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Wednesday, 31 May 1972
Page: 2338


Senator MURPHY (New South WalesLeader of the Opposition) - I see a danger in the amendment to my amendment. It is unacceptable to the Opposition. If Senator Little will address himself to it I think he might concede what I am putting. Although the Opposition has had little time to consider his amendment it would seem that it is proposed to leave out paragraph (b) of proposed sub-section (7.) of my amendment, which is the 5 per cent provision, and to insert a provision that the total number of members that have been, and could be, admitted to the organisation upon and by reason of the amalgamation and any other amalgamations during the preceding 2 years shall not exceed 5 per cent. The words 'the total number of members that have been, and could be, admitted' means that there is a completely indeterminant situation. You deal with an organisation that might have SOO members, so that it covers category A, and amalgamates with another organisation that has, say, 100,000 members. In that industry there might be another 5,000 or 10,000 workers who are not in the union. But once the constitution of A is added to the constitution of B it is clear that there could be admitted to the organisation upon and by reason of the amalgamation the required number of members. The amalgamation involves a change of constitution and those other persons could be admitted.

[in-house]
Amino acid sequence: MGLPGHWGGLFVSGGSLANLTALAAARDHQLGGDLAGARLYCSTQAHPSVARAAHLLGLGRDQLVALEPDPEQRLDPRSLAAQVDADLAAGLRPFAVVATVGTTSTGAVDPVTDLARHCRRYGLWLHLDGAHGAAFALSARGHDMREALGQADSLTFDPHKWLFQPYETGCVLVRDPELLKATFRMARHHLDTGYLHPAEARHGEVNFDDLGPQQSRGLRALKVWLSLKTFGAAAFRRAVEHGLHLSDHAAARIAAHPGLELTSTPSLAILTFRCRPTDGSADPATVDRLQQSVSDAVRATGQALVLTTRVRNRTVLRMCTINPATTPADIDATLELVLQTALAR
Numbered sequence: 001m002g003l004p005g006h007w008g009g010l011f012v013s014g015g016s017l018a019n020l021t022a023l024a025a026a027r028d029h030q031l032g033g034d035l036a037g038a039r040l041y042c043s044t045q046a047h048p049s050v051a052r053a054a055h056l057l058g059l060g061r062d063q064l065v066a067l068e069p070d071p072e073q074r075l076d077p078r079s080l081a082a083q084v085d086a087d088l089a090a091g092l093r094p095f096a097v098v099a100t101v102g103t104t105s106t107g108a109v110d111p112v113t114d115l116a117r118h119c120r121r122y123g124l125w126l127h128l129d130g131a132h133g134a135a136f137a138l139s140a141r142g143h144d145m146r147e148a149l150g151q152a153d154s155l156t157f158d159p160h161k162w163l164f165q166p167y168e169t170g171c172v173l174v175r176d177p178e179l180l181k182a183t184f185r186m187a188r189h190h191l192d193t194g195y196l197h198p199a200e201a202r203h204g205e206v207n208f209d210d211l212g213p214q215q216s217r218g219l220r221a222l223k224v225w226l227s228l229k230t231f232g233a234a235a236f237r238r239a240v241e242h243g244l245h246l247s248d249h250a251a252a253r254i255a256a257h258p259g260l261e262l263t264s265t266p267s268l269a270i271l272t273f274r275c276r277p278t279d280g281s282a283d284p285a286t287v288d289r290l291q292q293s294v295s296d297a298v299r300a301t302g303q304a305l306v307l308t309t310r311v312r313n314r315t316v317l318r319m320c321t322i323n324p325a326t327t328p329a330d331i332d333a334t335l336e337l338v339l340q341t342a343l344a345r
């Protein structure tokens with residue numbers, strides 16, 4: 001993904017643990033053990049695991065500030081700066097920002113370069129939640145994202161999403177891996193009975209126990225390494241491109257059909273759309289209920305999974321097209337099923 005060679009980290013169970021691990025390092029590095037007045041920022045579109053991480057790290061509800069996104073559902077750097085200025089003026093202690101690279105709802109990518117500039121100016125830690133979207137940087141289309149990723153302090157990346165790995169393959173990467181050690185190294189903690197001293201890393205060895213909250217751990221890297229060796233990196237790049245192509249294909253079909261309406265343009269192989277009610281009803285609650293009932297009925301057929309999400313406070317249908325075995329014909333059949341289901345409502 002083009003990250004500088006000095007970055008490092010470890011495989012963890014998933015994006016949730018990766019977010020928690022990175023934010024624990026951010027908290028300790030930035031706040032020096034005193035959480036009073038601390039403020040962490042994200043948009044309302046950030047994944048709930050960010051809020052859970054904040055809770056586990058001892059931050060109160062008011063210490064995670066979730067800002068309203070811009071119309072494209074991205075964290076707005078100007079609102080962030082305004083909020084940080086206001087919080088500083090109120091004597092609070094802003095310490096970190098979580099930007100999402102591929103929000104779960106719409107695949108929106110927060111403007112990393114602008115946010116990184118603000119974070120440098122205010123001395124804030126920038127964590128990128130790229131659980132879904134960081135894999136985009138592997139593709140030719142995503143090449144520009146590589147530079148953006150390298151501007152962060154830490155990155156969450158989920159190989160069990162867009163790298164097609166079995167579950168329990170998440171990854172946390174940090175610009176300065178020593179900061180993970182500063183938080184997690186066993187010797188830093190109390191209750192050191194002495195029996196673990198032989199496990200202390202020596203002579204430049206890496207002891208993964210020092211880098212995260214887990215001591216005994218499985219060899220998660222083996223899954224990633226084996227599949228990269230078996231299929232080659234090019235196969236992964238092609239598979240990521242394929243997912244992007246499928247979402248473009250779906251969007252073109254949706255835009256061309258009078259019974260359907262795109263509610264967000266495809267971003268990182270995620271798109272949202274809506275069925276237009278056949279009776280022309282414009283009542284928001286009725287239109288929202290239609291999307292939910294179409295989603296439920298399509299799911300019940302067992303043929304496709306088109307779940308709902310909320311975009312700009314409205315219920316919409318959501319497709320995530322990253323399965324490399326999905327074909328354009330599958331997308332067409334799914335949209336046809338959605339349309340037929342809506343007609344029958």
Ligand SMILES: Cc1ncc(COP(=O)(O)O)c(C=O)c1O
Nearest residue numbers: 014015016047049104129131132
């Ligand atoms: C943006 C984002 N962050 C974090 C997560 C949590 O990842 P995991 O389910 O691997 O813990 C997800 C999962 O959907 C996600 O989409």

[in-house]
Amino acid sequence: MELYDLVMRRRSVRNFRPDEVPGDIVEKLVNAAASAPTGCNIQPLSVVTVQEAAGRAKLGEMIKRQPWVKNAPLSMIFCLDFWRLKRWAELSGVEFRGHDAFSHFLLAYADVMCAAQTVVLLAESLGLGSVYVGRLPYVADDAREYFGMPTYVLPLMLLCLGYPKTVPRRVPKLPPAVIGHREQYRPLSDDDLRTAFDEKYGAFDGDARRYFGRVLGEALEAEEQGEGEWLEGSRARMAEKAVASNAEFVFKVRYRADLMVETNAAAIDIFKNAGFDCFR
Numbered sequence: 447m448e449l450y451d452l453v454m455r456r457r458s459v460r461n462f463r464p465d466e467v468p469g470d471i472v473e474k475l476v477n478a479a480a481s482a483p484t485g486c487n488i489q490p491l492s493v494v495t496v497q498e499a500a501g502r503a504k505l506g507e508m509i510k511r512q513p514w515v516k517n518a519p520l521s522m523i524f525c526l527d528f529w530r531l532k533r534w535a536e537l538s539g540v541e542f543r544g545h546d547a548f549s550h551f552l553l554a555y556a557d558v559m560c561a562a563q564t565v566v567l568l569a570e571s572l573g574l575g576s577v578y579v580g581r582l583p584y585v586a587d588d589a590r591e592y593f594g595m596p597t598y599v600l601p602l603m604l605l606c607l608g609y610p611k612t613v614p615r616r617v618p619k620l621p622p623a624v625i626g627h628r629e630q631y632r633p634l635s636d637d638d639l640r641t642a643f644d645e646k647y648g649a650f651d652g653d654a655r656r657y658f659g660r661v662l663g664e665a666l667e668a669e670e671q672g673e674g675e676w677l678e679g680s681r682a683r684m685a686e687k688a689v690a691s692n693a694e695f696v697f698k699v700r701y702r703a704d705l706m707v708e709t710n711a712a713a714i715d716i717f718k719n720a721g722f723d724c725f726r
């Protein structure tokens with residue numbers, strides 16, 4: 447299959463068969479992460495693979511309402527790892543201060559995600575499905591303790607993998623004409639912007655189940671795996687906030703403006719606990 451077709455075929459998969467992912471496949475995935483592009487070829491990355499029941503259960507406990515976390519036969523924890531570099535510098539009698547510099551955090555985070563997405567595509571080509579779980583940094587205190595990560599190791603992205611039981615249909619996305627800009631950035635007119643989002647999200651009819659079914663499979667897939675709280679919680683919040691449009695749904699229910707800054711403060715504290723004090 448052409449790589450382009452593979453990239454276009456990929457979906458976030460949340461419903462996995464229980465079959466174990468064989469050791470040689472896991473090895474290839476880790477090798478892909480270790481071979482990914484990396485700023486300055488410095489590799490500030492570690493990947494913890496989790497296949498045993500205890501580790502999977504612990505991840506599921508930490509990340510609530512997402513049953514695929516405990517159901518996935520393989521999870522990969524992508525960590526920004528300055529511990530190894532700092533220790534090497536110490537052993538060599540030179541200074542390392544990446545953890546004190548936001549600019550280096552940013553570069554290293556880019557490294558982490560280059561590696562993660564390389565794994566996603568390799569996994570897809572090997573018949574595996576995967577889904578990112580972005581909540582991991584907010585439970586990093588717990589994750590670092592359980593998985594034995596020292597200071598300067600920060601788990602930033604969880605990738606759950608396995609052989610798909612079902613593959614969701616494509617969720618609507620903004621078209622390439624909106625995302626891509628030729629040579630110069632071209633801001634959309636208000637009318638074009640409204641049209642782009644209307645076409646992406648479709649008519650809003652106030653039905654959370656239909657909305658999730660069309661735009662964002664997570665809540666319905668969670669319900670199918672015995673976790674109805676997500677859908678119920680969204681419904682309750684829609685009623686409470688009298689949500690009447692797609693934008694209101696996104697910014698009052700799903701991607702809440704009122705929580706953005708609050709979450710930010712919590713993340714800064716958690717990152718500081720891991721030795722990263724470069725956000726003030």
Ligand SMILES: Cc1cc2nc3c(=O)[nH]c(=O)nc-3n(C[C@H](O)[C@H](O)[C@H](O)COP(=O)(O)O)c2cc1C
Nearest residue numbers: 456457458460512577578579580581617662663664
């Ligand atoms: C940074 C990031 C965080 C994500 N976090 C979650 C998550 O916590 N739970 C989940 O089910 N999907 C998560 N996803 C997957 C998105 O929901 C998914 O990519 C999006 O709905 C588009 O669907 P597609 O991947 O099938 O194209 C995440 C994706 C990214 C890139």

Senator Wright - That is not the true meaning of it.


Senator MURPHY - It is its true meaning. It does not refer to members of the organisation. It does not say that there shall be so many members; it says: 'the total number of members that have been, and could be, admitted to the organisation upon and by reason of the amalgamation. . . .' The amalgamation involves a change of the constitutional rules of the bodies concerned. I suggest with very great respect that because of that the amendment is defective. An amalgamation could never really be established and there would be uncertainty as to whether it was operative. We have put forward an amendment which provides for a figure of 5 per cent. We have said that in special circumstances in which the Registrar thinks there ought to be a ballot he can order to that effect. Surely that is enough to meet the situation. I believe that our amendment should be accepted rather than an amendment which is put forward speedily at this stage and which I think has a serious defect in it. I ask the Senate to support our amendment which is a reasonable one.







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